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Risk factors for familial and nonfamilial young ischemic stroke p. 66
Ho Sin, Sin O Hwang, Sun Hwa Jo, Gum Song Song, Se Ryong Han
Aim In this study, the authors presented the 10-year survey on risk factors among young patients with ischemic stroke according to their family history. Patients and methods The population includes 92 young patients with ischemic stroke who had been admitted at Neurology Department of Pyongyang Medical College Hospital, Kim Il Sung University, between January 2007 and August 2016. Among them, young patients with familial history of ischemic stroke were 34 (11 females and 23 males), with a mean age of 38.9±3.54 years, and nonfamilial ones were 58 (13 females and 45 males), with mean age of 37.5±4.21 years (18–44 years old). Results Young patients with familial history of ischemic stroke with 5–10 risk factors were more than nonfamilial group, but young patients with nonfamilial ischemic stroke with 10–15 risk factors were more than familial group. Moreover, the effect of each risk factor is different in the two groups. Conclusion Incidence of young ischemic stroke is different between familial and nonfamilial groups, and nonfamilial patients have more risk factors than familial ones.
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Posterior sagittal rectopexy in the management of persistent and recurrent complete rectal prolapse in children p. 70
Hisham A Almetaher, Mohamed A Shehata
Aim The aim of this study was to evaluate the clinical and functional results of posterior sagittal rectopexy (PSR) in children with persistent and recurrent rectal prolapse. Patients and methods All patients with recurrent rectal prolapse after injection sclerotherapy or previous anal cerclage and patients with prolonged persistent prolapse needing surgery were subjected to PSR. Follow-up extended in the outpatient clinic for 6 months, and the patients were observed for any change in bowel habits, continence, and postoperative complication (incontinence and bleeding). Results This study included 12 patients with persistent rectal prolapse not responding to conservative treatment for 1 year and eight patients with recurrent rectal prolapse. Their ages at the operation ranged from 3 to 10 years. The mean operative time was 60 min (range, 40–80 min). Early postoperative complications include wound infection in four cases, which responded to antibiotics and daily dressings, and four patients with temporary constipation responding to laxatives and regulation of diet habits. Recurrence occurred in one patient in the form of partial mucosal prolapse. Conclusion PSR is a safe and effective procedure for persistent and recurrent rectal prolapse in children with excellent clinical and functional results.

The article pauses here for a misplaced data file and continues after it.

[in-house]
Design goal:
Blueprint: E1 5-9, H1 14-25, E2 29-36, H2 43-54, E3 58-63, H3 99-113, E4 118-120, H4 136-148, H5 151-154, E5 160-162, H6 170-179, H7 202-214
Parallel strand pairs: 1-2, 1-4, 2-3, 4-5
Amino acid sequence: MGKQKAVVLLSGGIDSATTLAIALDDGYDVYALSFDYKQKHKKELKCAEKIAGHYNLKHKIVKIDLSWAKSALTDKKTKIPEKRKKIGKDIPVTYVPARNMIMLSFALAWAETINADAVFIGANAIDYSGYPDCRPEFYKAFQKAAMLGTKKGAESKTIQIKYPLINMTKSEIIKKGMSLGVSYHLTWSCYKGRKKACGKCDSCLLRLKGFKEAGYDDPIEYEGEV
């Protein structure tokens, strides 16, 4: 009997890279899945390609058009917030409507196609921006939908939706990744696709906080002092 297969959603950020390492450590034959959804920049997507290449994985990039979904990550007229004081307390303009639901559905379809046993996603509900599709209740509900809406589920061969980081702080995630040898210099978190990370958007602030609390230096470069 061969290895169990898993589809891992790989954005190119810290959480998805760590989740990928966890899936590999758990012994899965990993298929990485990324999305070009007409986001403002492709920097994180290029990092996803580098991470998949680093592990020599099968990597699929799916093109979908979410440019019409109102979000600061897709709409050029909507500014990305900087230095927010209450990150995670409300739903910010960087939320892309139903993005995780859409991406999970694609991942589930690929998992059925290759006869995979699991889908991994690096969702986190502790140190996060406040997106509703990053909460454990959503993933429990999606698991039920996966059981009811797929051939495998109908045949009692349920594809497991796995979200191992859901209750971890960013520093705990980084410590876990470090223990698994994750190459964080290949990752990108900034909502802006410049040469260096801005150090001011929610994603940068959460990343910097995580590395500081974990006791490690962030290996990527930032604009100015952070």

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Effect of using rigid versus nonrigid attachments on stresses induced in peri-implant bone in implant-supported prostheses (finite element analysis): a nonrandomized in-vitro study p. 74
Hitham M Shalaby
Background Peri-implant bone stresses can sometimes be detrimental. Efforts are made in order to keep these stresses at the normal level. Methods A finite element analysis was carried out in which two models were compared, the rigid attachment used in a fixed prosthesis versus the nonrigid one used in a removable prosthesis. Both of them were completely implant-supported. Results Have shown that the rigid type produced higher stresses than the nonrigid one. Conclusion Nonrigid attachments are more biocompatible than the rigid attachments.